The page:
Home TravelsBulgaria The Bulgarian Persian carpets in Kostandovo, a small town in Bulgaria

The Bulgarian Persian carpets in Kostandovo, a small town in Bulgaria

10 minutes read

How we tied knots on a carpet for Versailles and celebrated Babinden in the carpet factory in Kostandovo

First, push the thread behind the warp, then to the front and then make a circle so it comes from back to the front to complete the knot. This one millionth of the weaving art I was able to touch with my unskilful fingers in the carpet factory in the Bulgarian town of Kostandovo. There some 30 women are tying hundreds of thousands of knots daily in order to produce state-of-art rugs for palaces and private homes all over the world.

This story began with our visit to our favourite SPA resort – Velingrad. The weather was not very welcoming and the heavy snowfall did not suggest long walks outside. Even though we were staying at the best place in town (for us this is Villa Vuchev), we wanted to see something different. So we headed to the nearby town of Kostandovo to see the local carpet factory that we had heard of before.

Welcome to the celebration

We timidly enter through the door on this cold January day. Kostandovo is covered with snow and we barely find a place to park our cars near the entrance to the factory. There are no big signs saying the carpet factory is there. We just know from friends that it is located just next to the petrol station. When we approach the white building we are able to see the looms through the windows.

However, what we see upon entrance makes us almost go back. The workers are sitting around several tables, obviously celebrating something. We do not want to be party crashers so we just enter to ask when to come back.

Looms in the carpet factory in Kostandovo

Looms in the carpet factory in Kostandovo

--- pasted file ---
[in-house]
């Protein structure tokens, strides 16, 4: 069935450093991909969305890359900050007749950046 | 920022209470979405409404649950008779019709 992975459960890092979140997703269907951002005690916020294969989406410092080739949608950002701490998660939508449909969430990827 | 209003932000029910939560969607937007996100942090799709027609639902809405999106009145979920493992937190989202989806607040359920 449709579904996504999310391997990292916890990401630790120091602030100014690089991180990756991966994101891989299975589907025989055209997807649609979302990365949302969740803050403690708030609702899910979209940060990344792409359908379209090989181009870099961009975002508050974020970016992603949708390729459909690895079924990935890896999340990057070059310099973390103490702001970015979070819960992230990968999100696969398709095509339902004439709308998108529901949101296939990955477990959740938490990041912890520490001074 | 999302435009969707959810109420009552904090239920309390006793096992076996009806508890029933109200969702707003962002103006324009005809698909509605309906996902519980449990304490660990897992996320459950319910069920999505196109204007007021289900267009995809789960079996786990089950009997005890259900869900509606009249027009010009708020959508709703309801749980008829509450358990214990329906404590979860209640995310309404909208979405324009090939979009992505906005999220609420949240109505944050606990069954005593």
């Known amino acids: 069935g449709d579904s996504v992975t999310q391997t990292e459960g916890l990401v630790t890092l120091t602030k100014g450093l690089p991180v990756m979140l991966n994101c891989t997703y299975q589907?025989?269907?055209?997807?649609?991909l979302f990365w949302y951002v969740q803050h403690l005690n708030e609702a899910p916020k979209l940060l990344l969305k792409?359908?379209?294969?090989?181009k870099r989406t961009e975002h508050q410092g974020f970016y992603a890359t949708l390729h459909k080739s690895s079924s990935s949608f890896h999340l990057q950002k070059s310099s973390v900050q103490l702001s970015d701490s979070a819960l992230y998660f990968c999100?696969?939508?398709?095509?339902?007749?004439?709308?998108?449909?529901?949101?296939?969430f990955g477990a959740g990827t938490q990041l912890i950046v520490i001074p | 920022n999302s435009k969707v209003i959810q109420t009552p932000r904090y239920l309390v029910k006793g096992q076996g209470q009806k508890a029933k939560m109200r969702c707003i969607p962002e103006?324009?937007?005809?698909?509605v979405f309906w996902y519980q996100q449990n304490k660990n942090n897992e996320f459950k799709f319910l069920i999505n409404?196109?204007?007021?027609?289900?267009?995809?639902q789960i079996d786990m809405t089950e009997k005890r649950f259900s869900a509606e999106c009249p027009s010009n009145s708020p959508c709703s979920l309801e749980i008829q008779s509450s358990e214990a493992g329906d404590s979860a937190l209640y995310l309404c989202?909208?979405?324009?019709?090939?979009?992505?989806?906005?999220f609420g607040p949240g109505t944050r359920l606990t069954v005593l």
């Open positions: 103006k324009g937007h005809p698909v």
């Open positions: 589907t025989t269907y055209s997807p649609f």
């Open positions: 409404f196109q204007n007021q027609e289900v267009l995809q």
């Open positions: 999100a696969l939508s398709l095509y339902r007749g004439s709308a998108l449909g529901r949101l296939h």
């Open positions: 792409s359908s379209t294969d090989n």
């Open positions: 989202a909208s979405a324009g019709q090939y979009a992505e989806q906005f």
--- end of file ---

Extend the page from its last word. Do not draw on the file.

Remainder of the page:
However, we were kindly invited to join the celebration and the ladies were happy to meet our 2-3 year-old kids. They said they were celebrating Babinden – the day of the grandmothers, midwives and anyone engaged in assisting births. Babinden is celebrated all over the country but it appeared that in Velingrad area it is really special. So it was a big celebration and the presence of kids made it even more real.

The carpets for Versailles

Drying of the wool in the carpet factory in Kostandovo

Drying of the wool in the carpet factory in Kostandovo

The owner Nino Parpulov paid us a tour around the factory. The first hall is the largest one. There are the looms where the carpets are being woven. On one loom is being made a carpet for the Versailles palace in France. Most of the carpets being woven at that moment were Persian-style and one was flat-woven. Some people are making samples for future works. It is hard for us to imagine how these balls of yarn are turning into beautiful colourful carpets.

Drying of the wool in the carpet factory in Kostandovo

Drying the wool

Then we were shown the second room where hundreds of balls of yarn, together with samples and models are being stored. The inner hall is where the wool is being coloured. Colouring is not less a complex job than tying the knots. It is done entirely by hand with natural colourings. Nino Parpulov is capable of producing 6500 different shades.

Drying of the wool in the carpet factory in Kostandovo

Made in Bulgaria!

After the initial rapture we go back to the table where the ladies are kindly taking care of our kids. We start asking millions of questions. Nino Parpulov is explaining that in the early 90s he saved the state-owned carpet factory from bankrupt. Later he bought it and since 1999 there are being produced high-quality carpets for export. Bulgarian hand-woven carpets are highly appreciated by the British royal family. In Kostandovo were woven pieces for Prime Minister Tony Blair’s office, for palaces including Osbourne house and now a carpet is being made for Versaille. Upon seeing one of these carpets, the Duke of Edinburgh refused to believe that it was made in Bulgaria. He insisted that such thing could not be produced on the Balkans but finally he believed.